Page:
Researchers from the University of Maryland School of Medicine found that an unhealthy vaginal microbiota in pregnant moms, combined with an unhealthy diet, resulted in pup deaths and disrupted development in the surviving infants in a recent mouse study. Babies are exposed to their mother’s vaginal microbiome when they travel through the birth canal, when their skin is coated and they consume their first microbiome outside the sterile womb.
Infant and mother mortality rates
Infant mortality occurs when a child dies before reaching his or her first birth date. Great progress has been made in lowering infant and maternal fatalities in recent decades. However, newborns and mothers, including adolescent moms, continue to die in unacceptable numbers, largely due to preventable or treatable reasons including infectious illnesses and problems during pregnancy or childbirth. Around 7,000 newborns die every day in their first month of life. Worldwide, an estimated 2.4 million infants died in 2019. Every day, approximately 810 women die from preventable complications related to pregnancy or childbirth around the world. Between 2020 and 2030, 48 million children under the age of five are expected to die, with half of them being newborns, if current trends continue. In the United States, there are three regularly used metrics of maternal fatalities. They are not interchangeable, even if they all capture some aspect of maternal fatalities.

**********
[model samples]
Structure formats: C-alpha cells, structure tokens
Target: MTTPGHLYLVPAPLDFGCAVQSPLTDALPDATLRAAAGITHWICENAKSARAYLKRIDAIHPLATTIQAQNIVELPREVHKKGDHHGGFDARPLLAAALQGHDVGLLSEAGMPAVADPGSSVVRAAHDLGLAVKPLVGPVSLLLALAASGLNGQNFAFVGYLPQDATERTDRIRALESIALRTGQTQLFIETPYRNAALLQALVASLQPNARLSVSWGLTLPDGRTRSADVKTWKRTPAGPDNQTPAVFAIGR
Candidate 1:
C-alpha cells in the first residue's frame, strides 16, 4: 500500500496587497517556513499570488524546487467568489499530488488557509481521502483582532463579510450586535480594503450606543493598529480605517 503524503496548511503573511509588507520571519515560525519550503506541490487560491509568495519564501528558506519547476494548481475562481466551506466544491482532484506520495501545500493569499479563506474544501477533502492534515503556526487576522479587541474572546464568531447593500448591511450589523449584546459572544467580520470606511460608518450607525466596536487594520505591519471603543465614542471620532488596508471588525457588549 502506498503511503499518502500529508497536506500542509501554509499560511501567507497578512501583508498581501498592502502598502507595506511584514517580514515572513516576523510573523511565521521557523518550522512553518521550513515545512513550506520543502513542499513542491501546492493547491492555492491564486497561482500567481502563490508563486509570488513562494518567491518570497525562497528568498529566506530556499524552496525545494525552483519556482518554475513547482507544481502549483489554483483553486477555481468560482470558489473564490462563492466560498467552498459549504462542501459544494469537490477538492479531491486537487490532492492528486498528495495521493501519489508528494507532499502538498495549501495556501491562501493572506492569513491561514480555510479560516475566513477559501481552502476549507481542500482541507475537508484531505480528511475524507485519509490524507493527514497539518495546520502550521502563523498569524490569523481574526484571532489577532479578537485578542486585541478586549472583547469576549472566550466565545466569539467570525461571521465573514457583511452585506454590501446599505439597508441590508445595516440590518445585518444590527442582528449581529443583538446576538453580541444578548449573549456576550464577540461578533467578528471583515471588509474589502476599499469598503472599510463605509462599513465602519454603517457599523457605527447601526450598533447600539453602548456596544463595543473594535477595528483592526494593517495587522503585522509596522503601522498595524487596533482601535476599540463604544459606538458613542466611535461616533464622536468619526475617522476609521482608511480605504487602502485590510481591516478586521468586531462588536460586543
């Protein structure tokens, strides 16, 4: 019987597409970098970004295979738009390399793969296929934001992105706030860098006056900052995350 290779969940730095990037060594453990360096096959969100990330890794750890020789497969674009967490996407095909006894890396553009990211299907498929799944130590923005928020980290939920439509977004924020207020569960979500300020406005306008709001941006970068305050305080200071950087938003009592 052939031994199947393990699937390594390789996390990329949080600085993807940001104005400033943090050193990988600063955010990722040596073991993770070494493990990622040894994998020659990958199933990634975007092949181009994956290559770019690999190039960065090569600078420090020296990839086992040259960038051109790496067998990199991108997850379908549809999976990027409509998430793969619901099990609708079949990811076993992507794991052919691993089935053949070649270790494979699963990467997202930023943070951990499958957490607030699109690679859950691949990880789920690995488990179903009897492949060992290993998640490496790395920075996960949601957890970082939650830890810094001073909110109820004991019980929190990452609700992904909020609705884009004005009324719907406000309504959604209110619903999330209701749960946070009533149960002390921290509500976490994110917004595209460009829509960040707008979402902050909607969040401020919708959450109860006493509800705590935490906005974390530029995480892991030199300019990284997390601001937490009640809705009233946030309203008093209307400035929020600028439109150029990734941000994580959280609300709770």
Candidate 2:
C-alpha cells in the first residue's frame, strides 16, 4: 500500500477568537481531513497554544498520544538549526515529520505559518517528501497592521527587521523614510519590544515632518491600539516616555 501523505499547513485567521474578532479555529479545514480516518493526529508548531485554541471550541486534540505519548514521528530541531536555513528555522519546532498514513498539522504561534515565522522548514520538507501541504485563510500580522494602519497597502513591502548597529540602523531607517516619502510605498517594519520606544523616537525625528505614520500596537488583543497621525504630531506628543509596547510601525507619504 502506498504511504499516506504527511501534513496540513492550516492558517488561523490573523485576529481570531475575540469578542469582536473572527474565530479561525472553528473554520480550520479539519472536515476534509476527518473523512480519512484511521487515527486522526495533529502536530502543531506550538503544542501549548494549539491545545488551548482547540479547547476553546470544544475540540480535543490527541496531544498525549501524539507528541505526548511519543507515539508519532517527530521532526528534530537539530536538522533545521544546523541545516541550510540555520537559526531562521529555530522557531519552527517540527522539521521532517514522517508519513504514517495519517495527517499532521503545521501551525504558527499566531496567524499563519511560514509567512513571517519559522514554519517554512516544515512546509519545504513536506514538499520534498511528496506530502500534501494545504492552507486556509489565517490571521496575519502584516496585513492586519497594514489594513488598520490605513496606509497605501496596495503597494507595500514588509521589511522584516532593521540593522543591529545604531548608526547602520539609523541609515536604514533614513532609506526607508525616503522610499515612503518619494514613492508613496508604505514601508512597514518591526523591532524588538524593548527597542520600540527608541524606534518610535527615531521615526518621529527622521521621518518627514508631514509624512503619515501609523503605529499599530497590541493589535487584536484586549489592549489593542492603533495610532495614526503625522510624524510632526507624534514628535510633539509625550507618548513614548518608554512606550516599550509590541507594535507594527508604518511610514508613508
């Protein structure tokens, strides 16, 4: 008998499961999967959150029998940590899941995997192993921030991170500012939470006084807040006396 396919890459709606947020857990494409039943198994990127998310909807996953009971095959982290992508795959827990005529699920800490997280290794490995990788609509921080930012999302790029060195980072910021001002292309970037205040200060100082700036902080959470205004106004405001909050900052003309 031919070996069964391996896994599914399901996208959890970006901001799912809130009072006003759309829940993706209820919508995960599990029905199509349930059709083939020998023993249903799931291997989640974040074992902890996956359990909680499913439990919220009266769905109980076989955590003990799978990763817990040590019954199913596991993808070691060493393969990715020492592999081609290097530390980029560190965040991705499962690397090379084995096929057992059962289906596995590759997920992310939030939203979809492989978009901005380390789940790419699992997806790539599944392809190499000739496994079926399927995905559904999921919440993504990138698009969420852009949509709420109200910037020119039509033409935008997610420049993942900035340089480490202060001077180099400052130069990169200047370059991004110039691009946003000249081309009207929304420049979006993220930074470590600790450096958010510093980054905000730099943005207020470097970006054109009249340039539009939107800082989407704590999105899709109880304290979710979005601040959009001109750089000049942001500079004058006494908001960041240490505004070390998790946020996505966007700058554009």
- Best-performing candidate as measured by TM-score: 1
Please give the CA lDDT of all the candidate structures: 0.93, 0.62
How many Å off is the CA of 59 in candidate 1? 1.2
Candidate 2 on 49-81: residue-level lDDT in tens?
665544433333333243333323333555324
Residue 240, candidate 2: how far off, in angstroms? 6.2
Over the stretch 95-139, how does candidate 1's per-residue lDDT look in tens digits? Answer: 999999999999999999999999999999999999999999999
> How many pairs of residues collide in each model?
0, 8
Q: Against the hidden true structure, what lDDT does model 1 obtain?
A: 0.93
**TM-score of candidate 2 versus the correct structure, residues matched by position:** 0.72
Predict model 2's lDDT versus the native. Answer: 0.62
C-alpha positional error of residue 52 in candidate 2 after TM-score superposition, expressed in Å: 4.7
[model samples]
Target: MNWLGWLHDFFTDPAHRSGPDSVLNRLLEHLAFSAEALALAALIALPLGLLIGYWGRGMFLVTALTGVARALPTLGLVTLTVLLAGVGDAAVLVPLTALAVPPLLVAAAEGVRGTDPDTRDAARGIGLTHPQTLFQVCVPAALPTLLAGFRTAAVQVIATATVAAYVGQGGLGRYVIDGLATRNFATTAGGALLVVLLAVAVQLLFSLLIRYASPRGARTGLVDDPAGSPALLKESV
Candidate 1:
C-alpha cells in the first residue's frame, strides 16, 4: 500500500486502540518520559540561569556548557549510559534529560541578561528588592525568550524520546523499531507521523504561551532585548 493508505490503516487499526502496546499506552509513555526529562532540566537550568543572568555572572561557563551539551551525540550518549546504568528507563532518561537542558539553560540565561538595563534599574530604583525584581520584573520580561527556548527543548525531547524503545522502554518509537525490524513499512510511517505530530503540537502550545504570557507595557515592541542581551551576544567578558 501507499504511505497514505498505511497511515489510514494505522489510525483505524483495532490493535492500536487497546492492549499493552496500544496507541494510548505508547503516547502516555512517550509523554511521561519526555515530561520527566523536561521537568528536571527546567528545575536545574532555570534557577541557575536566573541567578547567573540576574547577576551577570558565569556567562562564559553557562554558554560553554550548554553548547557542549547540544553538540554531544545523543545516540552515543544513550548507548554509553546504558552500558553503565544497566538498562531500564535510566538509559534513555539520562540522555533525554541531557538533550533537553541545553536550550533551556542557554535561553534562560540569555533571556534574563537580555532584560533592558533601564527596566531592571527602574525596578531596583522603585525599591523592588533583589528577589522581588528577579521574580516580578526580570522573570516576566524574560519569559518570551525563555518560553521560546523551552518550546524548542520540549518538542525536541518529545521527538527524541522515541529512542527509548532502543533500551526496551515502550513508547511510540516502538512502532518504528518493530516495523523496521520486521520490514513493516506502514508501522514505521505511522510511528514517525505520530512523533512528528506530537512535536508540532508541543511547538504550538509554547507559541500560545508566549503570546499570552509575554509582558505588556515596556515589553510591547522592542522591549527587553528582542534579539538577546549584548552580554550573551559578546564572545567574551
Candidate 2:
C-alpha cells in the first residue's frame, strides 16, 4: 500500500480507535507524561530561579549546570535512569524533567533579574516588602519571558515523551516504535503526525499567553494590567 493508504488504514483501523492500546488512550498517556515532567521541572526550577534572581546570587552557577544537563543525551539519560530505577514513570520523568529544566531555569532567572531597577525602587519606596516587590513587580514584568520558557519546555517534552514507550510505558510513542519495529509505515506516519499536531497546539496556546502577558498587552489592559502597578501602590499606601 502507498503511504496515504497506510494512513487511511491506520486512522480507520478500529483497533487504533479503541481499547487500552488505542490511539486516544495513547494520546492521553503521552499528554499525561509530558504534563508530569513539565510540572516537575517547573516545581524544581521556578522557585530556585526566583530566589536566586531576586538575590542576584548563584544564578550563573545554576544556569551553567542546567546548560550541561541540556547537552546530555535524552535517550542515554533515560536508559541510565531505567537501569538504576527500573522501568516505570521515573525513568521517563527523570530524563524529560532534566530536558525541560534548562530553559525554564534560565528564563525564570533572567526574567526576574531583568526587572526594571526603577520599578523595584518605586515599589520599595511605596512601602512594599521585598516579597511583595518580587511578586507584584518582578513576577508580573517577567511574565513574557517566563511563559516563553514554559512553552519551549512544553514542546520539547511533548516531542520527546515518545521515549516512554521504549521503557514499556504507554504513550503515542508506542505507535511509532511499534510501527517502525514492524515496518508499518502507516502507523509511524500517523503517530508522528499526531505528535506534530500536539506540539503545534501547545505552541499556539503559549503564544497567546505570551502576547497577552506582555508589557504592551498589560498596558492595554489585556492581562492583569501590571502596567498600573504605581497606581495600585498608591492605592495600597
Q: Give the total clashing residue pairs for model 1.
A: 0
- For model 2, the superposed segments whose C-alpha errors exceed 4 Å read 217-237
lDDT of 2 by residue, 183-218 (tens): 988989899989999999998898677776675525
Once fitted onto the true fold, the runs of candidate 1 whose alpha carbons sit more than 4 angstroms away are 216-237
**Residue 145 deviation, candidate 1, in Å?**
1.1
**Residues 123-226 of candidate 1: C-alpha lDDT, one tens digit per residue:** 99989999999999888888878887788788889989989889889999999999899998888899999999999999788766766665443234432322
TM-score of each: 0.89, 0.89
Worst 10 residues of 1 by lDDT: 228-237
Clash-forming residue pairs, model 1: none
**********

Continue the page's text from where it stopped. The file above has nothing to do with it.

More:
Pregnancy-associated death is defined as death that occurs while pregnant or within one year after the conclusion of the pregnancy, regardless of the reason.
Pregnancy-related death occurs when a woman dies during pregnancy or within one year of giving birth as a result of a pregnancy complication, a chain of events triggered by pregnancy, or the physiologic effects of pregnancy aggravating an unrelated ailment. This CDC statistic is normally given as a ratio per 100,000 births and is solely used in the United States.